Posts Tagged ‘simplification’

En Plein Air — Washington D.C.

Tuesday, May 15th, 2018

Last time I wrote about my first plein air travel experience in Key West.  Another recent trip, this time to Washington D.C., provided additional impetus to try breaking away from working only in my studio.

I knew that the Japanese Cherry trees encircling the Tidal Basin had long since bloomed and lost their blush by the time we arrived in late April, but many other trees and shrubs were in glorious bloom.  Magnolia, dogwood, redbud, other fruit trees, wisteria, azaleas, and of course many spring bulbs provided an entire spectrum of springtime hues.  As I considered the various delicate colors scattered in hazy clusters across the landscape, I continually asked myself how I would mix this hue or that, how I could suggest a similar texture on paper, and how this subject or that should be effectively addressed.  But the paints remained only in my mind.

Springtime in DC

Springtime in DC

Segway and bus tours provided an interesting and informative overview of some of the prime sites in the city but offered limited time to take reference photos, and none for painting enroute.  Metros were efficient in getting us to where we wanted to go, but didn’t inspire me much with their views of their underground network—the station tunnels calling to mind a sterile shuttle bay on the fabled Starship Enterprise.

I did take the opportunity to enjoy the museums on my wish list—the  National Portrait Gallery, National Gallery of Art (with a special exhibit of portraits by Cezanne), the Freer Gallery, and some of the other Smithsonian collections along the Mall—while my husband breezed through other museums of particular interest to him.  But beyond making a few quick pencil sketches, I’m sorry to admit that I didn’t accomplish much of my own work at all, either indoors or out.

View of 6th Street from the National Gallery of Art West

View of 6th Street from the National Gallery of Art West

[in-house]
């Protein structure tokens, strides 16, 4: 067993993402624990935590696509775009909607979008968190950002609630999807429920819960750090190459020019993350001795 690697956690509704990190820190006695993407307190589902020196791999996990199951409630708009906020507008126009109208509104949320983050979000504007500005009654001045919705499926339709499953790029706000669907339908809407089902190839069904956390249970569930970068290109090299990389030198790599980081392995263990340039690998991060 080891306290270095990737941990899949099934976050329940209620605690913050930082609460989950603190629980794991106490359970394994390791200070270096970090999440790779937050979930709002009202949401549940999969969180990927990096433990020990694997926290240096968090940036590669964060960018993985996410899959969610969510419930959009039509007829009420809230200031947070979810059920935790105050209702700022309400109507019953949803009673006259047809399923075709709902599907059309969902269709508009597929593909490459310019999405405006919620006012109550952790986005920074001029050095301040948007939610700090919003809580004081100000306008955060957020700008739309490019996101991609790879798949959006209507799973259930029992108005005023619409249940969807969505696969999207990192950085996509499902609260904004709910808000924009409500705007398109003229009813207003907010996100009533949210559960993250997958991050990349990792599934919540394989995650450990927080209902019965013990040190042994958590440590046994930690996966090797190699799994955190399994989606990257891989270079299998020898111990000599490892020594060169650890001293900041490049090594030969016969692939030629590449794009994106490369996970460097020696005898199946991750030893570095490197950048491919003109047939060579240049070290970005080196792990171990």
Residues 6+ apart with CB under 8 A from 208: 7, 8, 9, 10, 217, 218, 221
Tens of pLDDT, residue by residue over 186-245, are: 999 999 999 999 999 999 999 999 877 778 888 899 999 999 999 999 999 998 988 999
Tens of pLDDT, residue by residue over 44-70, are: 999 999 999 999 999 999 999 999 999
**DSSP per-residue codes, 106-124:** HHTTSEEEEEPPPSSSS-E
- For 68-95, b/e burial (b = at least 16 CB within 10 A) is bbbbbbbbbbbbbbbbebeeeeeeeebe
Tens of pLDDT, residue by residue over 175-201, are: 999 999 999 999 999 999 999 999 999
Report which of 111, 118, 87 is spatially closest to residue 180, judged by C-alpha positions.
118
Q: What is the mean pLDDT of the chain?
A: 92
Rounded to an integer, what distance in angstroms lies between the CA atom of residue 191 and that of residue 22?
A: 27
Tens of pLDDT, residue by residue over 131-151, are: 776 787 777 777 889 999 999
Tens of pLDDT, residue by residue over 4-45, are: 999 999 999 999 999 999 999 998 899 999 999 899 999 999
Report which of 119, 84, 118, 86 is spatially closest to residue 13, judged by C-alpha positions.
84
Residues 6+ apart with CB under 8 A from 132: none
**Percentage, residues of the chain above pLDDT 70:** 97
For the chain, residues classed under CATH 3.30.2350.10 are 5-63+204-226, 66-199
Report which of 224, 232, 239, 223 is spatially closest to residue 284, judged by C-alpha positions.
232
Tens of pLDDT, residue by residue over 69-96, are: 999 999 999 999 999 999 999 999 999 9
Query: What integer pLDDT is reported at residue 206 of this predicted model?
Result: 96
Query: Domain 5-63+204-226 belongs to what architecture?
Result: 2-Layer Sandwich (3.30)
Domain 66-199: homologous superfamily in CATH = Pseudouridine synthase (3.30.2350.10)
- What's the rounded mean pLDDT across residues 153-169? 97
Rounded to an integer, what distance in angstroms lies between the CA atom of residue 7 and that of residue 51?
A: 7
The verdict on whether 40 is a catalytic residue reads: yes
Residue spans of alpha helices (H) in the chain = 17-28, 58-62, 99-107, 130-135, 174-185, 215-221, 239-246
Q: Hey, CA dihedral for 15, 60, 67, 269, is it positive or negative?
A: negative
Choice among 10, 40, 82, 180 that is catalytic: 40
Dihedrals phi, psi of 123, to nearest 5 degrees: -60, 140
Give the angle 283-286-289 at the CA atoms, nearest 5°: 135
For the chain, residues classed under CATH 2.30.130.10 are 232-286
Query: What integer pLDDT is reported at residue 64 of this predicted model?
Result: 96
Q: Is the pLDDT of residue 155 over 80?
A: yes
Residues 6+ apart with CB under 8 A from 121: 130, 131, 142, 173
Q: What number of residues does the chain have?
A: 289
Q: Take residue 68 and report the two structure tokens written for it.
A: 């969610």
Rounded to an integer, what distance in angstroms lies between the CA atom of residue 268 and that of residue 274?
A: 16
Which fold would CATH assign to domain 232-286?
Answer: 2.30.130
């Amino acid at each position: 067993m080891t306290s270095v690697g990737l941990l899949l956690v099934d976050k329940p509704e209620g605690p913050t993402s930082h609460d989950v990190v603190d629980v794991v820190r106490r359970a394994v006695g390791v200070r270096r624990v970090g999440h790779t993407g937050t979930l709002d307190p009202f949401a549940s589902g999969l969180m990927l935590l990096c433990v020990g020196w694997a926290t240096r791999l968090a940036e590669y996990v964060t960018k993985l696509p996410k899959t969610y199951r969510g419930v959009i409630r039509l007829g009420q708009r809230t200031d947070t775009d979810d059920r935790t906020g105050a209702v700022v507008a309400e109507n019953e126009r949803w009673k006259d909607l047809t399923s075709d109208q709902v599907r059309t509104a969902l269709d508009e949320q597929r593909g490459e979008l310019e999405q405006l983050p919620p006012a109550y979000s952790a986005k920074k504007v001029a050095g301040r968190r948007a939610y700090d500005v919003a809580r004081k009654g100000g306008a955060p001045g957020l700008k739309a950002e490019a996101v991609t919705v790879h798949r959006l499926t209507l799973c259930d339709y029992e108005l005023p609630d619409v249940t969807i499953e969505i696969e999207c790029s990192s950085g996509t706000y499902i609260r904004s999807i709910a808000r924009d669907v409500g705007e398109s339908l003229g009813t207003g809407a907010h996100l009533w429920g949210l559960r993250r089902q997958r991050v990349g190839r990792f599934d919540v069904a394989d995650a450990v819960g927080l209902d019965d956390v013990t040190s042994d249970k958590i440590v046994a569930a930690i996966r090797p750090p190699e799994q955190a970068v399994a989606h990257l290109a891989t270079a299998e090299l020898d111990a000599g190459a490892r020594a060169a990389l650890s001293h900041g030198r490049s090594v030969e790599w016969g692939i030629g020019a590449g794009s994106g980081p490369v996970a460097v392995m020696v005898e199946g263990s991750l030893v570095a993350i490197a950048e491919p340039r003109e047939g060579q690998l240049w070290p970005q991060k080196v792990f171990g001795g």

Although I prefer to really absorb smaller, focused areas of interest, my husband likes to cover a lot of ground quickly, to see as much as possible in our limited time.  Guided tours, which he favors, don’t slow down to wait for much emotional or artistic contemplation—or sometimes even reference photos.  And they didn’t leave a lot of time for plein air painting until I was too exhausted to tackle it.   The experience taught me that if I truly want to paint, sometimes I will have to aggressively claim that time by foregoing other options or overriding others’ desire for my participation in their preferred activities.

The hectic pace did force me to sketch quickly, concentrating on a focal area with minimal detail, and building around that as time permitted.  I’ve found that simplification is the key to quick sketching, capturing line, gesture, balance, and a suggestion of key impressions.

Smithsonian Castle Skyline

Smithsonian Castle Skyline

So I’m making an effort to quickly visualize my compositions in terms of a limited focal area while eliminating or minimizing all but the critical balancing elements to create something of a vignette or silhouette as I sketch.  It’s a difficult transition to make from my more extended studio paintings, but I find that my early exposure to sumi-e has provided a valuable foundation for this approach.

Keeping It Simple

Wednesday, January 15th, 2014